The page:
Second was Yallah, or Illawarra Institute of TAFE, with a nicely laid out sitting area, again with its own internal view of a still, black pond and lush subtropical plants. there were some really lovely inclusions in this garden and some exceptional workmanship.
Sometimes workmanship isn’t how well something’s been done but how cleverly, and that way the roof screening was slotted into the pergola noggins created a superb result.
The seat was also beautifully built and had exactly the right curve and tilt to make it very comfortable and the bespoke cast seeded concrete pavers added some interesting detail.
Painting the cutouts of the breezeblock walls is another clever inclusion, giving an impression of stained glass from a distance although I can sympathise with the students allocated this painstaking job. Design-wise I think there’s a bit too much going on in this garden – too many different round/petaloid shapes in particular – but all in all a very nice garden in which to sit.
Third this year was Padstow, South-Western Sydney Institute of TAFE. With a previous design being capriciously withdrawn only a few weeks before the event, Padstow had to really pull a rabbit out of a hat. This children’s fantasy garden has some really lovely features. A tannin-stained brown stream adds a nice bit of mystery, as does the cute hobbit-style cupboard in the corner and the drapery of Spanish moss.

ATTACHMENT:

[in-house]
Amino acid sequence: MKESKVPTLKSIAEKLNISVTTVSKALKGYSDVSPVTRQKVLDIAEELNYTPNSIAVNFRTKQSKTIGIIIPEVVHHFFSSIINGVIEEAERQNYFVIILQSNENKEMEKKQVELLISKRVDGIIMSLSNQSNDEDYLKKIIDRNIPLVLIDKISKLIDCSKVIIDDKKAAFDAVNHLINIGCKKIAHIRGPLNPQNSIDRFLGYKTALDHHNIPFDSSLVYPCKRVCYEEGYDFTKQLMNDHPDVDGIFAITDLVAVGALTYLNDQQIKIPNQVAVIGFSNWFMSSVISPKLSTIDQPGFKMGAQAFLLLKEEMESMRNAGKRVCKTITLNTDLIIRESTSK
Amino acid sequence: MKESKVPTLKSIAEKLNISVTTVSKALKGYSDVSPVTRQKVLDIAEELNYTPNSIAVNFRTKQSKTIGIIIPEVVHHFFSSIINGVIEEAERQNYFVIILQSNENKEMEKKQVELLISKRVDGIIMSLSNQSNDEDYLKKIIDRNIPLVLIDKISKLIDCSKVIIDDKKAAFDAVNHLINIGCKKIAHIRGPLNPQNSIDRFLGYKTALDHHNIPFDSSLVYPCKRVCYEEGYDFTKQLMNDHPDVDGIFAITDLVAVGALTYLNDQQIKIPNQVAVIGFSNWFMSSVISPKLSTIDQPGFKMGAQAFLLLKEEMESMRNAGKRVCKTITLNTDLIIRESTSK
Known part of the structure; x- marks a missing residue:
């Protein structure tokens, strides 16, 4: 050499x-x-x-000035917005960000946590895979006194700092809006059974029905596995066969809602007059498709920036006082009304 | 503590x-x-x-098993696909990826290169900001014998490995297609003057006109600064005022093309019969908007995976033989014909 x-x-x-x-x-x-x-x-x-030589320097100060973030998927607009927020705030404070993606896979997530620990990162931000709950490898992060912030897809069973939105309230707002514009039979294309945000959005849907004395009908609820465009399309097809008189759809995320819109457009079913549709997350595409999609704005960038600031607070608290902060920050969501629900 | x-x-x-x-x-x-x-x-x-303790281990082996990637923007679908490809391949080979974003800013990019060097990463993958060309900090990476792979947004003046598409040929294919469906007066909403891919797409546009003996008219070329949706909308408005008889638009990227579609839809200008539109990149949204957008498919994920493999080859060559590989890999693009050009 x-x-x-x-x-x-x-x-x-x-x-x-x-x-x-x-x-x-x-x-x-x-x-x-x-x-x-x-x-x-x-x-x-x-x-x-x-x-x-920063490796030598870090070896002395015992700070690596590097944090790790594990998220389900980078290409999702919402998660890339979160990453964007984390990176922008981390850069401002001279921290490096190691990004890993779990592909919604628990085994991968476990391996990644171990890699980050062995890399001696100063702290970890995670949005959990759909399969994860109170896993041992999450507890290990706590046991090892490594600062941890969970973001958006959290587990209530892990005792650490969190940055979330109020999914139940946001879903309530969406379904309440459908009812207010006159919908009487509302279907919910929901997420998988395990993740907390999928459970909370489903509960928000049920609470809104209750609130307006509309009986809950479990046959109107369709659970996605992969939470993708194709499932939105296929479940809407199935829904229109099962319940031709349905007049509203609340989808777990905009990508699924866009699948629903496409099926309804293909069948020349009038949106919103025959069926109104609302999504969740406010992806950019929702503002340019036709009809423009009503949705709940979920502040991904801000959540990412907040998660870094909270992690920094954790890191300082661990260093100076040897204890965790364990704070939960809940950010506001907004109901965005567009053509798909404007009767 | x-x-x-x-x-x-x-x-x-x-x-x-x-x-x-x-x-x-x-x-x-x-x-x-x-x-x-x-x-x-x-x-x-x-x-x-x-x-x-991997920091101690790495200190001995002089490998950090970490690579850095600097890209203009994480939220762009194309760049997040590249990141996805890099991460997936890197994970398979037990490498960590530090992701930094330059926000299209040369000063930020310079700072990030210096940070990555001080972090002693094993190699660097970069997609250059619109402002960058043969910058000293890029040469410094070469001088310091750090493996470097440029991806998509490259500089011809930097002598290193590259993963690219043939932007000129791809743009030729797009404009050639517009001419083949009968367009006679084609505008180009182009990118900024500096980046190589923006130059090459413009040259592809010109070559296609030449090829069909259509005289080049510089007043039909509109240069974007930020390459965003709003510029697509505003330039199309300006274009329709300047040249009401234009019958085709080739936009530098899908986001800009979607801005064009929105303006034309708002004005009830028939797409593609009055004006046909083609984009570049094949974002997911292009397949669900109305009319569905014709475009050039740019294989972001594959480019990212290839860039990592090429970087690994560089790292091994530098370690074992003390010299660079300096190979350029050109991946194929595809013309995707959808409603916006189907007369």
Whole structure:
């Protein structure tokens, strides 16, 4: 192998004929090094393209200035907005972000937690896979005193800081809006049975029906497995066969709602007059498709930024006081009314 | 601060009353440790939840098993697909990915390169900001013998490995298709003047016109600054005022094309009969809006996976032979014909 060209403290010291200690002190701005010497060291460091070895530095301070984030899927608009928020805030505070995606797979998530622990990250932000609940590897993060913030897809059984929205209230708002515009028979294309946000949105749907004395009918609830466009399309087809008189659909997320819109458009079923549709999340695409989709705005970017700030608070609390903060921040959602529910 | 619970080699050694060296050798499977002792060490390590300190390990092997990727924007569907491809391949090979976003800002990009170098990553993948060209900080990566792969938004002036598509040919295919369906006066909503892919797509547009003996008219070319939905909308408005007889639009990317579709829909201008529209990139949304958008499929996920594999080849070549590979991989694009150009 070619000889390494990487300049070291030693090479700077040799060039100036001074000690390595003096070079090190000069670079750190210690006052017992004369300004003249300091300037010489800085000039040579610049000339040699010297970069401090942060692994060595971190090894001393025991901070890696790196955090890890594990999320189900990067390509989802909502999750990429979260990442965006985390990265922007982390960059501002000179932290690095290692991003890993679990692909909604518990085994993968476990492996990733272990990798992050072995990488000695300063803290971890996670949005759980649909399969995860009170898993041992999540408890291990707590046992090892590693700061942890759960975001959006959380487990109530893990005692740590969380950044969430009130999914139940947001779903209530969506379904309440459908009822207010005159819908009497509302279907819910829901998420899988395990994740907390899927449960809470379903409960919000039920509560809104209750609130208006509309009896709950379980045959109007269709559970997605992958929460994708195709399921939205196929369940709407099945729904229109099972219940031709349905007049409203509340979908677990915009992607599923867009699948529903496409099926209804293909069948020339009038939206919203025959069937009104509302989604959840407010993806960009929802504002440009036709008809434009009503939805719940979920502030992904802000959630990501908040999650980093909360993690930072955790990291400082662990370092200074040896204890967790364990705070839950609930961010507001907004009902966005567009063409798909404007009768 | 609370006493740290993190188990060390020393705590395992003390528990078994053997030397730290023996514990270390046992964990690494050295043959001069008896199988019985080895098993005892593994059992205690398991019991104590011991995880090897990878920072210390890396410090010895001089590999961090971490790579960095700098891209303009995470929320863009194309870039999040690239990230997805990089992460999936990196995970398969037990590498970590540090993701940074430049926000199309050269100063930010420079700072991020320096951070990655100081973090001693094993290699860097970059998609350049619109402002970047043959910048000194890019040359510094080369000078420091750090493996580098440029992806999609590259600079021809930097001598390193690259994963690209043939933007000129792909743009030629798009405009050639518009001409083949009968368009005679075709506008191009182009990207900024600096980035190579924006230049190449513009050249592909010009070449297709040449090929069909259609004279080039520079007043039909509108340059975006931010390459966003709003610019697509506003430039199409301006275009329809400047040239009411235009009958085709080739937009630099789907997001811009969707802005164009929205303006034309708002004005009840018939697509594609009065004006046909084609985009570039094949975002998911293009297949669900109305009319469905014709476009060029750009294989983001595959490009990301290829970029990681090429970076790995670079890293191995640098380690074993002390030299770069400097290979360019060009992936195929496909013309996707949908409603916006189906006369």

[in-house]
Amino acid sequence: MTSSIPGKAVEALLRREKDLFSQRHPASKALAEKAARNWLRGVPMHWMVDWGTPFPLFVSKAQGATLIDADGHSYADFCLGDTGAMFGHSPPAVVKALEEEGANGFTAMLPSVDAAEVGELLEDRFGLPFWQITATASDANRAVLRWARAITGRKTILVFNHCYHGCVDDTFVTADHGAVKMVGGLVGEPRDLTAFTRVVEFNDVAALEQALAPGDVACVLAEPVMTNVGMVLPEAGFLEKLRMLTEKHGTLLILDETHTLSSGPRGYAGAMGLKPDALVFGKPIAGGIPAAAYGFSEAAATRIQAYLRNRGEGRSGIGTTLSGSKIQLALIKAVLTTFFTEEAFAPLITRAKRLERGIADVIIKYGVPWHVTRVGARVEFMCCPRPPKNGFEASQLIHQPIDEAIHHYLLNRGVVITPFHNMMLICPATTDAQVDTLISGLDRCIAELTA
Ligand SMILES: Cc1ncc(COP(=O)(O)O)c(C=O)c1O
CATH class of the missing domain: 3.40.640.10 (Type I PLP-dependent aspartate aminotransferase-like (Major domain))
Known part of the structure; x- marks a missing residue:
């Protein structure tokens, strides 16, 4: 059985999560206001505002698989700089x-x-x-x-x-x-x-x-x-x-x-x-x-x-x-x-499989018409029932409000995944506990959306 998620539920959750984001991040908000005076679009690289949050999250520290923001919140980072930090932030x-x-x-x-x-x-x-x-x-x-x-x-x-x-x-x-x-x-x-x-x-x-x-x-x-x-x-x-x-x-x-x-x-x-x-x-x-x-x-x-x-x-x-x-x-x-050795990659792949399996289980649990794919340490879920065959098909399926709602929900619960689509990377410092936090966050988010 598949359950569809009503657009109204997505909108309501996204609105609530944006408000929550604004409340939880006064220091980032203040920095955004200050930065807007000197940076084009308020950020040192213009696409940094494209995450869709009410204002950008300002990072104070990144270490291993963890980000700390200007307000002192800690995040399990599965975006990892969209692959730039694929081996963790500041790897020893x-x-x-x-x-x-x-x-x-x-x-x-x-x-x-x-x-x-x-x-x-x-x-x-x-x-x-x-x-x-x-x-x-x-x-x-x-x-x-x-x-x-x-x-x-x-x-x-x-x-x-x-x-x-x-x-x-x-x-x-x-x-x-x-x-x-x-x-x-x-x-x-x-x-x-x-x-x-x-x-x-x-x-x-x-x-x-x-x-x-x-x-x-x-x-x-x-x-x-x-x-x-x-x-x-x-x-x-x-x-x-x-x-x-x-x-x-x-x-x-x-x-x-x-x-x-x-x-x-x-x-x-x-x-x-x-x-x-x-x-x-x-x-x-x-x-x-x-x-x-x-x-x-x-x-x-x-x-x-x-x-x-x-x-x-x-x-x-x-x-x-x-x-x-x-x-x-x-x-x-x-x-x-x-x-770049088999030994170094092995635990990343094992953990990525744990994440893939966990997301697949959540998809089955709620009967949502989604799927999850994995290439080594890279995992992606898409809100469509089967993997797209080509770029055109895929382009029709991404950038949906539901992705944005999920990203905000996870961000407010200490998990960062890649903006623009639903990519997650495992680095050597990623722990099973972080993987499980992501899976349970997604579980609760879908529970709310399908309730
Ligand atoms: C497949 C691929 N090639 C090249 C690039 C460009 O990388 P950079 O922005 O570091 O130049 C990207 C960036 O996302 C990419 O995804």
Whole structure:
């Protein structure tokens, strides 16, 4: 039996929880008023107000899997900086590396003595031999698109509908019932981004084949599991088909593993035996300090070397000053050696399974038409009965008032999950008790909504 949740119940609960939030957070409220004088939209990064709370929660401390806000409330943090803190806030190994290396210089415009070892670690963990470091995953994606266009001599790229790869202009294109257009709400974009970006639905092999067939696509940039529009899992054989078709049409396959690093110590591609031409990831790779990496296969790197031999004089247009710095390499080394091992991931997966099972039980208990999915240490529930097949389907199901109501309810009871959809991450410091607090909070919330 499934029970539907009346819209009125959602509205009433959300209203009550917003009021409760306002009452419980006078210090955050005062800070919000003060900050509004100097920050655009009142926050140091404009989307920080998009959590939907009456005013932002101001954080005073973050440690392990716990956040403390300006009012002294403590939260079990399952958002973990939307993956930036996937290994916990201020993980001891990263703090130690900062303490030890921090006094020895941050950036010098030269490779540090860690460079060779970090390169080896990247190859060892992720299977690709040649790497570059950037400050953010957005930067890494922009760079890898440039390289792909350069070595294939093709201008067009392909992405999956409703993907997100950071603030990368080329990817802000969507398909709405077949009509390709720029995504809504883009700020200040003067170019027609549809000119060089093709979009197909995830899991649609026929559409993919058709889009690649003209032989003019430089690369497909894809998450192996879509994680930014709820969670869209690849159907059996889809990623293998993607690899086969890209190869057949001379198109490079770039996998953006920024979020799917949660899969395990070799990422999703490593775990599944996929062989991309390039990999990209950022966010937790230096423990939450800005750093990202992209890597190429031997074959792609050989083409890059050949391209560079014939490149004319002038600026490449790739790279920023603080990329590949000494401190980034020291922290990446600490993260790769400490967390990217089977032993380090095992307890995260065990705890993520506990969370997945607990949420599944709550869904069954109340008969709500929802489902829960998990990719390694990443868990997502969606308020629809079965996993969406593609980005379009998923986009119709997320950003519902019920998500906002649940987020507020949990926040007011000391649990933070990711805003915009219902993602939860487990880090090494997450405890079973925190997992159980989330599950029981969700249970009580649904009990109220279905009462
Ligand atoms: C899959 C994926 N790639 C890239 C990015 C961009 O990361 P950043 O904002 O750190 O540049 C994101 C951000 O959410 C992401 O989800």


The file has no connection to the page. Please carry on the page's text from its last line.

Dominating the garden is a ‘tree’ made of she-oak trunk and slotted branches, covered with lush greenery from hanging baskets and then topped with a solar panel. I think some more imaginative planting choices around the garden, and a less splintery version of recycled timber would have seen this garden get higher marks.
The overall standard of work in this competition continues to impress me. Oh that I had found so many competent contractors in my designing days! The quality of timber joinery, stonemasonry and brickwork is very high and every year there’s better attention to all the details that really set a quality job apart.
My only qualm for the future of this competition is that I have questions over the receptiveness of the audience for which these gardens are being built. Having watched the surrounding crowd for about 15 minutes later in the day, out of about 100 passers-by, I didn’t see one person walking past stop and give any of the gardens more than a cursory glance. Maybe it’s the fact that the TAFEs abandon the gardens to the show as soon as the judging is over and there’s no one around to spruik TAFE to passers by, or even explain why these gardens are there. Maybe it’s a lack of explanatory signage. Perhaps it was just the crowd on the day. Whatever the reason, it makes me worry that this is not the best venue in which to showcase our landscaping students and their formidable talents, as these are good gardens deserving of much more attention.
If you’re going to the Sydney Royal Easter Show in 2014, you’ll find these little gems outside the Flower and Garden Pavilion until the show closes on Wednesday 23 April – and do give some feedback by casting your vote for the People’s Choice.